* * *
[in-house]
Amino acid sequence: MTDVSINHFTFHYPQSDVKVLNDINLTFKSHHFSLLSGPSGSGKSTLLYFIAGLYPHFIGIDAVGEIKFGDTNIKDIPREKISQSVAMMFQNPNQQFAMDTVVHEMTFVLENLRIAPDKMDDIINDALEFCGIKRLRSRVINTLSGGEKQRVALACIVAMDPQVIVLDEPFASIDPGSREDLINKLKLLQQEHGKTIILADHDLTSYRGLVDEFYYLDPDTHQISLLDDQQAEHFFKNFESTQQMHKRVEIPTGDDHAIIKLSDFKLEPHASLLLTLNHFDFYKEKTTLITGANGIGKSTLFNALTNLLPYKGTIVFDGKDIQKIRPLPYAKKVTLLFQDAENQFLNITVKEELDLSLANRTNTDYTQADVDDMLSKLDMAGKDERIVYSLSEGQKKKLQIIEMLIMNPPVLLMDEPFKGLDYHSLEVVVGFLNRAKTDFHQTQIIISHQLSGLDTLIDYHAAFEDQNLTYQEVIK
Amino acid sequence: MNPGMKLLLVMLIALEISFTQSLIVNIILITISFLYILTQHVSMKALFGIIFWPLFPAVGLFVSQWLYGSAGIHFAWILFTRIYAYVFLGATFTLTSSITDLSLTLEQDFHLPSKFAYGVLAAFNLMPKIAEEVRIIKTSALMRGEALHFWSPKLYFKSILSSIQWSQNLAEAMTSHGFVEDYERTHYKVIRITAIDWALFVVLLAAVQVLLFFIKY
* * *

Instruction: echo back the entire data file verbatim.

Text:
[in-house]
Amino acid sequence: MTDVSINHFTFHYPQSDVKVLNDINLTFKSHHFSLLSGPSGSGKSTLLYFIAGLYPHFIGIDAVGEIKFGDTNIKDIPREKISQSVAMMFQNPNQQFAMDTVVHEMTFVLENLRIAPDKMDDIINDALEFCGIKRLRSRVINTLSGGEKQRVALACIVAMDPQVIVLDEPFASIDPGSREDLINKLKLLQQEHGKTIILADHDLTSYRGLVDEFYYLDPDTHQISLLDDQQAEHFFKNFESTQQMHKRVEIPTGDDHAIIKLSDFKLEPHASLLLTLNHFDFYKEKTTLITGANGIGKSTLFNALTNLLPYKGTIVFDGKDIQKIRPLPYAKKVTLLFQDAENQFLNITVKEELDLSLANRTNTDYTQADVDDMLSKLDMAGKDERIVYSLSEGQKKKLQIIEMLIMNPPVLLMDEPFKGLDYHSLEVVVGFLNRAKTDFHQTQIIISHQLSGLDTLIDYHAAFEDQNLTYQEVIK
Amino acid sequence: MNPGMKLLLVMLIALEISFTQSLIVNIILITISFLYILTQHVSMKALFGIIFWPLFPAVGLFVSQWLYGSAGIHFAWILFTRIYAYVFLGATFTLTSSITDLSLTLEQDFHLPSKFAYGVLAAFNLMPKIAEEVRIIKTSALMRGEALHFWSPKLYFKSILSSIQWSQNLAEAMTSHGFVEDYERTHYKVIRITAIDWALFVVLLAAVQVLLFFIKY